HomeTown - 03 - Martin's Mills
Located on Martin Street, the Martin House was the Martin family’s second home, built by Jasper’s son Edward who maintained the mills after his father’s death.
Crown Graphic – Kodak Ektar f:7.7 203mm – Ilford FP4+ @ ASA-64 – Pyrocat-HD (1+1+100) 8:00 @ 20C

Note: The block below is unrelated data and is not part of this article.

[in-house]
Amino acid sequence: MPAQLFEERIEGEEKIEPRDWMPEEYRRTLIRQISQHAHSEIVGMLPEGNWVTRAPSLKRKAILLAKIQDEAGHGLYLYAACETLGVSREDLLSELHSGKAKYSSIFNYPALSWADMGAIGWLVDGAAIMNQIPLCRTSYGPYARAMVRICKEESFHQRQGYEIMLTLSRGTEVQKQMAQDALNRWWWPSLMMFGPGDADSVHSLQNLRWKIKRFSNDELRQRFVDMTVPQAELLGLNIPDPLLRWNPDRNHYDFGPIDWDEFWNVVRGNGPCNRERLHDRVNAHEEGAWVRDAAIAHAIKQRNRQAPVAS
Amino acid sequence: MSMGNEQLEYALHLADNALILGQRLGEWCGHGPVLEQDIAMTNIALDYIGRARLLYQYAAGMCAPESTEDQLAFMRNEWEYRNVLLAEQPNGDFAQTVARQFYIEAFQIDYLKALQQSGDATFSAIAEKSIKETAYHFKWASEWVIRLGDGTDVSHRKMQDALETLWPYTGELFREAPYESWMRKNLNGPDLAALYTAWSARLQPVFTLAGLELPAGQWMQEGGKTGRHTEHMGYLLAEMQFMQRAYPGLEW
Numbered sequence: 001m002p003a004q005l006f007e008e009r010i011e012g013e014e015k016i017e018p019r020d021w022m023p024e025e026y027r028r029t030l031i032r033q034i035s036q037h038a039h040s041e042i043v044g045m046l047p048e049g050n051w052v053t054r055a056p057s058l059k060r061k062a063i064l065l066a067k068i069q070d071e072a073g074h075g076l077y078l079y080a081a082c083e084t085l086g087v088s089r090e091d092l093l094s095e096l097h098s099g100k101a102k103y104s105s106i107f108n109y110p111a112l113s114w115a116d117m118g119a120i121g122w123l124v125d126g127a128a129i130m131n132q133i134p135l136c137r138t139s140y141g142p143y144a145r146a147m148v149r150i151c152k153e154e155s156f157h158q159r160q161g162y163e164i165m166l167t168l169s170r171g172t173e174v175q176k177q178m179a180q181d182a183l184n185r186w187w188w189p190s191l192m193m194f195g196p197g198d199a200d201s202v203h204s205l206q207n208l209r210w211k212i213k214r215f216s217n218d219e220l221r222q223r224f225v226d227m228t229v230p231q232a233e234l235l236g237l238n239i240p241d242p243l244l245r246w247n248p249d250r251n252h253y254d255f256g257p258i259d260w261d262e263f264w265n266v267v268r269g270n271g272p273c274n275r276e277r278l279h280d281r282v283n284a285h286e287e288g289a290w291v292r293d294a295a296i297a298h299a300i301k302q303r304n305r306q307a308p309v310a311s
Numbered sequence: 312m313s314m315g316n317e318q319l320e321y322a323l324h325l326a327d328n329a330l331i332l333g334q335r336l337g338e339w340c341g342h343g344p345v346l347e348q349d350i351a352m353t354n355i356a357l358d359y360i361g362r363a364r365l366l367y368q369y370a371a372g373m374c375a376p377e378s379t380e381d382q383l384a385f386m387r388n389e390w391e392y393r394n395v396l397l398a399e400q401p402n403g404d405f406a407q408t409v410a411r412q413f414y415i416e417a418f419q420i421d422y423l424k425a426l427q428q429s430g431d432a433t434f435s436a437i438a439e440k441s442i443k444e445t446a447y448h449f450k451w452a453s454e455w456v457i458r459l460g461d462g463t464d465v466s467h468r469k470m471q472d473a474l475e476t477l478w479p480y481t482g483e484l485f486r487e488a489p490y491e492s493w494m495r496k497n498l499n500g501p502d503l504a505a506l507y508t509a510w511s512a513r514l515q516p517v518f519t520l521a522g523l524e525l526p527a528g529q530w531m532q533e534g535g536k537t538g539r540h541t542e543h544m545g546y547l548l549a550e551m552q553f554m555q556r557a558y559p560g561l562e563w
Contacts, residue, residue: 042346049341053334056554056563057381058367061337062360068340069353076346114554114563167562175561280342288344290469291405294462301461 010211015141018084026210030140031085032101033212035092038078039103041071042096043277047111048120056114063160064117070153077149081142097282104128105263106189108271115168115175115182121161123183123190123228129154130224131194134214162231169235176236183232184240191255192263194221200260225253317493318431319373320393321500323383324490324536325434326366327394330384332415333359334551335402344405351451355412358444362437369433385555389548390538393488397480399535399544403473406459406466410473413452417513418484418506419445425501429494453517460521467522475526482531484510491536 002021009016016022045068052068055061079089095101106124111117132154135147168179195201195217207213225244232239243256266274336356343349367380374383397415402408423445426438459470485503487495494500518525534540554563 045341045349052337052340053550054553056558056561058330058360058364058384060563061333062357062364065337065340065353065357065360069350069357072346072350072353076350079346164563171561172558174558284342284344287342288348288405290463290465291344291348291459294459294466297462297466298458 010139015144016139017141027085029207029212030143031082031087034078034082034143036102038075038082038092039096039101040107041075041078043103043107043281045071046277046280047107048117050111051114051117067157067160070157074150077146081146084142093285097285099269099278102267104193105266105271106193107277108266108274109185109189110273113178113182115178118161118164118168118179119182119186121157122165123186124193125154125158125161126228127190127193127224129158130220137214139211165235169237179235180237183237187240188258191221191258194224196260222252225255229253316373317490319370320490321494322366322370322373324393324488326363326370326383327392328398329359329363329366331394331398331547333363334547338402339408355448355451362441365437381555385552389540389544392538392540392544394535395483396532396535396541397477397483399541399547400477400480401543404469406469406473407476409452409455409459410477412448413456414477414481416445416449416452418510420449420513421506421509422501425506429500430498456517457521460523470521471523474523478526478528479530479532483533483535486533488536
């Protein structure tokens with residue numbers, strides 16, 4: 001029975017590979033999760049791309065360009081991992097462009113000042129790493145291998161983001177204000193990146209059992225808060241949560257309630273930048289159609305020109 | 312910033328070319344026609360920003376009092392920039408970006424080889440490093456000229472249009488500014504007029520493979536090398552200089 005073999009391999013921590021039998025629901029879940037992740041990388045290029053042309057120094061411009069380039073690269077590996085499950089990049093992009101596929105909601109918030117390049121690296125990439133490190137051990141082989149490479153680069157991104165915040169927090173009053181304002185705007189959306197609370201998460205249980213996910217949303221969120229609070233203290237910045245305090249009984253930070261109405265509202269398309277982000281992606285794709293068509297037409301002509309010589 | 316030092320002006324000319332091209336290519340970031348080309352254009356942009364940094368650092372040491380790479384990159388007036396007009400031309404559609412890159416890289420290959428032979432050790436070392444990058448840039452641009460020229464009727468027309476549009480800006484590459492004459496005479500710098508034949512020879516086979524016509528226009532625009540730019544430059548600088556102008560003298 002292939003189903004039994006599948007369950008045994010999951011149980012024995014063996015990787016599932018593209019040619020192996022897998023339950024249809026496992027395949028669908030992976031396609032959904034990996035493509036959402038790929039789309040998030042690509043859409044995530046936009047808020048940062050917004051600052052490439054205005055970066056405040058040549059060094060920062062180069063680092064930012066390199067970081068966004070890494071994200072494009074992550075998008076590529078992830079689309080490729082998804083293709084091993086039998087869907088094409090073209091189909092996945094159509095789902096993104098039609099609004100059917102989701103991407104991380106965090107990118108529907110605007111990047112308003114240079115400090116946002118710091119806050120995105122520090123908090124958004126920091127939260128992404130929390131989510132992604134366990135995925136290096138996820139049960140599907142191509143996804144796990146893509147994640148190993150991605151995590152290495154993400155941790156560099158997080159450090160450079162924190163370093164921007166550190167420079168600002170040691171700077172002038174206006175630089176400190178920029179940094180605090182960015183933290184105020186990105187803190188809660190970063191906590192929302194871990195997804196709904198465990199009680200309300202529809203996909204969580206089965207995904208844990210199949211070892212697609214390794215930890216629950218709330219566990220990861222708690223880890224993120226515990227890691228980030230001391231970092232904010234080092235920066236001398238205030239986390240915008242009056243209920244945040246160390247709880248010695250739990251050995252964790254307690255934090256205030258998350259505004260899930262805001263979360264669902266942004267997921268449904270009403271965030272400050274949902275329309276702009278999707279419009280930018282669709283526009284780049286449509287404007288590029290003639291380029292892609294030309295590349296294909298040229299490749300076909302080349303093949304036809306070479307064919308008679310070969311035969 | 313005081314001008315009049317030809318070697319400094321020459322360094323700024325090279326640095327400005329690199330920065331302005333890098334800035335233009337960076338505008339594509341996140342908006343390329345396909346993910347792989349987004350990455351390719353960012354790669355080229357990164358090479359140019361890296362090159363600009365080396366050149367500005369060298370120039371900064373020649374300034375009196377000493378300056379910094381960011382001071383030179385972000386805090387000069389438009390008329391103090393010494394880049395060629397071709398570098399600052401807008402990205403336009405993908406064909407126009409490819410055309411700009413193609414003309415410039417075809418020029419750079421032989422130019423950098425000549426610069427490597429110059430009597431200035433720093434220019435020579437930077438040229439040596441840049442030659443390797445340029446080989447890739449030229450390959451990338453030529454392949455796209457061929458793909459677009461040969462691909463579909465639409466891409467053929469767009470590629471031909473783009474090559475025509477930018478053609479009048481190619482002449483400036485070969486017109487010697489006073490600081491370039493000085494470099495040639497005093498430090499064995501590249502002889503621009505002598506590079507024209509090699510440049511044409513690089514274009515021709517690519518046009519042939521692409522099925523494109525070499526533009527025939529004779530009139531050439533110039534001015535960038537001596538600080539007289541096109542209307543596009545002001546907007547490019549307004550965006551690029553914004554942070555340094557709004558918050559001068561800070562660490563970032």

While Milton itself doesn’t have any real involvement in the significant events in Canadian history, our existence is thanks to the War of 1812. Following the war’s conclusion in 1815, the Colonial Office in England began to encourage increased colonial expansion into Upper Canada. After the widespread purchase of large tracts of land from the Mississauga’s of the Credit, a section designated at Lot 14, Concession 2 of the Trafalgar Township went to Jasper Martin. After emigrating to Upper Canada along with his wife Sarah and two sons, Joseph and Edward, Jasper would settle on his plot in 1821. Within a year Jasper had a small house, barn, and a grist mill operating using the Sixteen Mile Creek as a power source, he would also build a sawmill in 1825. Two other families joined the Martins in the area, the Fosters and Teetzels. The small settlement would depend significantly on local agriculture wheat was ground into flour and trees into lumber. They would be sent down to the bustling port of Oakville. The first name for the settlement became known as Martin’s Mills. The area grew as the settlement expanded with the Harrisons, Whitefields, Greens, and Huffmans. Jasper died in 1833, and his son Edward would continue to operate his father’s mills. By 1830 the settlement gained both a doctor and a school as the population grew. The arrival of George Brown (not that George Brown) saw the establishment of a small general store on the main road and the village’s first post office. When the establishment of the post office came the need for a name, it would be the choice of Brown and Doctor Coban to settle on the name Milton. Both men believing that John Milton was the favourite of the village’s founder, Jasper Martin. With the sale of the Teetzel plot in 1840 allowed for the expansion of the village’s main street as new businesses and churches sprung up. This lead to the 1843 recognition of Milton’s Main Street as an official road in the Gore District. When the combined counties of Wentworth and Halton were split, Milton would be the choice for the seat of Halton county in 1853, much to the annoyance of the far larger community of Oakville. The Foster family donated a plot of land for the county offices and jail. After a fire destroyed the original Martin home and mill in 1856, Edward constructed a brand new mill and house (pictured above) in 1856. A year later Milton saw incorporation as a town, and George Brown was elected as the first mayor. Jasper’s son Joseph would be charged with building the new town hall. While the railroad flourished throughout Canada, it wasn’t until 1876 that the first railroad arrived through town, Hamilton & North-Western, with the Credit Valley Railway arriving a year later. Milton’s population reached 1,000 with the town boasting a brick and lime works, grist and lumber mills. A tannery, blacksmith, foundry, knitting mill, hotels, a waterworks, telephone exchange, telegraph office, school, library, churches, a weekly newspaper, and electricity all by the turn of the century. Further manufacturing arrived in 1908 with the establishment of the P.L. Robertson Factory. Much of the recent expansion of Milton did not occur until after the second world war with the establishment of several new developments being built through the 1950s and into the 1980s. In 1963 Edward’s mill burned down replaced by a modern feed mill known as the Super Sweet Mill, which saw demolition in 1991. The arrival of the big pipe in 2002 saw the next and continuing expansion of Milton. What we know of today as the Martin House is the one built during the 1850s by Jasper’s son Edward a handsome Georgian house on Martin Street. And the only surviving building in Milton that links the modern town to our historic routes. It’s a hard house to photograph, being in the shade year-round and getting no real direct sunlight. There’s also no clear, direct sightlines on the house to compose it in my usual manner for hitting it head-on, I’d have a light standard and a crosswalk (which also interferes here) although this is my best shot of the house to date. I ended up using the Kodak Ektar lens as I could get some rise to catch the whole house from across the street and with little traffic on Sunday morning I didn’t have to worry too much about traffic. I also ended up talking to a man walking his dog about this project and film photography in general.

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